Wind farms and oil and gas rigs are making the North Sea an increasingly crowded place. There are also a number of very busy shipping routes. This is reducing the space available to fishers. How will they be able to extract enough food from the sea? To answer this question, marine ecologists and social scientists at Wageningen Marine Research are closely studying the conduct of fishers.
The North Sea is a patchwork of navigable waters and conservation areas. Wherever wind turbines are constructed, fishing is off limits, because the nets damage the power cables. “The question therefore is how fishers can extract enough herring, sole or cod from the waters, and how we can ensure that everyone is able to make good use of the North Sea,” says marine ecologist Karen van de Wolfshaar. “Policy makers, businesses and fishers can expect to get a clearer answer to this question thanks to the agent-based models being developed by Wageningen University & Research.”
The modellers are working on a computer model to better understand the conduct of fishers, particularly in terms of sharing information. Van de Wolfshaar points to family-owned businesses as an example. For generations, fishers have passed down to successors and family members their knowledge of the best fishing grounds and where to go in different seasons. That collective memory grows over time.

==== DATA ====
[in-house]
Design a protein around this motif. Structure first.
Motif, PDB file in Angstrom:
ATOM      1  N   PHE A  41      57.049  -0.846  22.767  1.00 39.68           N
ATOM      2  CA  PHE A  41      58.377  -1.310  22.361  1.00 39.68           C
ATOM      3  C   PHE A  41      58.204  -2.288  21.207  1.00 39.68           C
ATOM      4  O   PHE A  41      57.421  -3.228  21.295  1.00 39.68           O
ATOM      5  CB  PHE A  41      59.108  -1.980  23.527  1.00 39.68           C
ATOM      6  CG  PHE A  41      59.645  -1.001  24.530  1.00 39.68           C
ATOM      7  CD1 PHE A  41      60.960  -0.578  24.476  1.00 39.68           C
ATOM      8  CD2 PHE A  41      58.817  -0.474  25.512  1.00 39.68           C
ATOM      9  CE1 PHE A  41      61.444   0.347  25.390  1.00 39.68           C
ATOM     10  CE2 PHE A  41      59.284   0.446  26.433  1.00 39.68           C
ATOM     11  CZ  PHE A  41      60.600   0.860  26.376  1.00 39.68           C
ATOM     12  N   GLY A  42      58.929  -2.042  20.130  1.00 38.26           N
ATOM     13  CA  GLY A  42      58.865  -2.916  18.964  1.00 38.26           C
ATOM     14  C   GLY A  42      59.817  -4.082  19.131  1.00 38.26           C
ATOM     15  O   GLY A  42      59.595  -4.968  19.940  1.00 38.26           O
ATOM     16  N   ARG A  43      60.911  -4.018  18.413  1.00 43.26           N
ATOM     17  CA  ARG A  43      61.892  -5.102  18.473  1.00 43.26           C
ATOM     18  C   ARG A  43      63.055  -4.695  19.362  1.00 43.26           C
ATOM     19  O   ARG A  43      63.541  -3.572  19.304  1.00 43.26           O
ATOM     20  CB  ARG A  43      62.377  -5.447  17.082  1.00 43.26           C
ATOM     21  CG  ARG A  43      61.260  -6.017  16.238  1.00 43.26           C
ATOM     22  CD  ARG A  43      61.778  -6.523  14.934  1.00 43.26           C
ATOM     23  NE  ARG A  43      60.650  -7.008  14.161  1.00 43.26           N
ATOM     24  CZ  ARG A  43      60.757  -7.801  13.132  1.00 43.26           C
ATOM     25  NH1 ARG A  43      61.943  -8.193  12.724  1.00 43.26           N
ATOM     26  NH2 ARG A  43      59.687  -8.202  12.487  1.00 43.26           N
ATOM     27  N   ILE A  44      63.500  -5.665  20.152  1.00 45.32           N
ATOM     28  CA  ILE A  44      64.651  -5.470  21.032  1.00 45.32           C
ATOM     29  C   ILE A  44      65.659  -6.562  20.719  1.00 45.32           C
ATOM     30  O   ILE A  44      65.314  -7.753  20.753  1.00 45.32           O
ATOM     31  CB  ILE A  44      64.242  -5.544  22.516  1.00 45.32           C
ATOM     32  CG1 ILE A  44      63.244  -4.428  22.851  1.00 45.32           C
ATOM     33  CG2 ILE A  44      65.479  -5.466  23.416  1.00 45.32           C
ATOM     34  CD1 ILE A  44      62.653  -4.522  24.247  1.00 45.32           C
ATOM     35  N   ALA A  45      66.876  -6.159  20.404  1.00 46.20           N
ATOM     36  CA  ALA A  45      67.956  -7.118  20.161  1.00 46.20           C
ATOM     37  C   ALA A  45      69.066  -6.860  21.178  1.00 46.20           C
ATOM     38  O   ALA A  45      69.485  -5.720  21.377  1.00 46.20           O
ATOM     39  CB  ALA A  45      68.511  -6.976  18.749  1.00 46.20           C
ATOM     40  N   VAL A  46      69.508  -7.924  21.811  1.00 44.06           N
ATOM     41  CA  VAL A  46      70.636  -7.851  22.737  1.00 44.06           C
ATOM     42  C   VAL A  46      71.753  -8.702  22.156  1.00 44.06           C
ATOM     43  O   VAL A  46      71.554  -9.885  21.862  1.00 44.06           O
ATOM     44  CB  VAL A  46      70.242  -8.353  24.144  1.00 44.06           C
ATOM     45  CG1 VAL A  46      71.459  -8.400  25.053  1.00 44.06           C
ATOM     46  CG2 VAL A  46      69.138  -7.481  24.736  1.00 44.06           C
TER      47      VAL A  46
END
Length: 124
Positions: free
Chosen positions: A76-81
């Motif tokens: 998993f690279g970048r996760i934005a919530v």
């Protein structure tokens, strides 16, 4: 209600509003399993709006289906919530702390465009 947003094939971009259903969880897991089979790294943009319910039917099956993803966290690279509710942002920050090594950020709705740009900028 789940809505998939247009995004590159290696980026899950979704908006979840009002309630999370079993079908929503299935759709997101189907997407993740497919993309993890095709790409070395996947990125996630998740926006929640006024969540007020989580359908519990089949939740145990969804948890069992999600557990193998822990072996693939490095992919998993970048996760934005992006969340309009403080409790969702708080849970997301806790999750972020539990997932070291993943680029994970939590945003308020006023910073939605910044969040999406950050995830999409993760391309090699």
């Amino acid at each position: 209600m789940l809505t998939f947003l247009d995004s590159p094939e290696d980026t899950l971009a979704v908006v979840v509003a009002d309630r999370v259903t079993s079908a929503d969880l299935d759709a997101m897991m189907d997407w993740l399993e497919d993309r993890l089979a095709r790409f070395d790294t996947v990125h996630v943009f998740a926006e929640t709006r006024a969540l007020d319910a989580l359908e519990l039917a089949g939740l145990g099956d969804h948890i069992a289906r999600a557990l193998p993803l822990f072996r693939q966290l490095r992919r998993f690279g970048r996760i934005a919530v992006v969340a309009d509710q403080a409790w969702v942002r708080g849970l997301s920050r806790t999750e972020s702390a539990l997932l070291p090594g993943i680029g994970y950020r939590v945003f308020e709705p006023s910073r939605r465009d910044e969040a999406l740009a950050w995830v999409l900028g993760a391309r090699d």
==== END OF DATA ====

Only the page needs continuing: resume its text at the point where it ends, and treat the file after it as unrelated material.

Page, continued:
Van de Wolfshaar: “We want to simulate that in a model, using what we refer to as agents. Every agent represents a ship and that ship can share information about the catch with other agents. The sharing of information can be advantageous: it means an individual agent can be made aware of the expected catch in multiple locations. But that can also be a disadvantage. If others also know about those locations, they may crowd each other out in the better places. Will the number of people included in the sharing of information affect the catch? So what we’re doing is simulating the interactions of the fishers and the effect of those interactions on the fishing industry.”
According to Van de Wolfshaar, the first step for the researchers is to take something very complicated and make it as simple as possible. “Then we keep adding an element to the model to see what impact it has on the fishing industry. So we’re decorating the Christmas tree bit by bit. As we do this, we share our knowledge of this type of model with other researchers and include their findings too. Eventually, others will be able to use our framework – a new software tool – to get a better understanding of the conduct of farmers, for example, or of a pack of wolves. Because they too share information about how to improve their yields or catches.”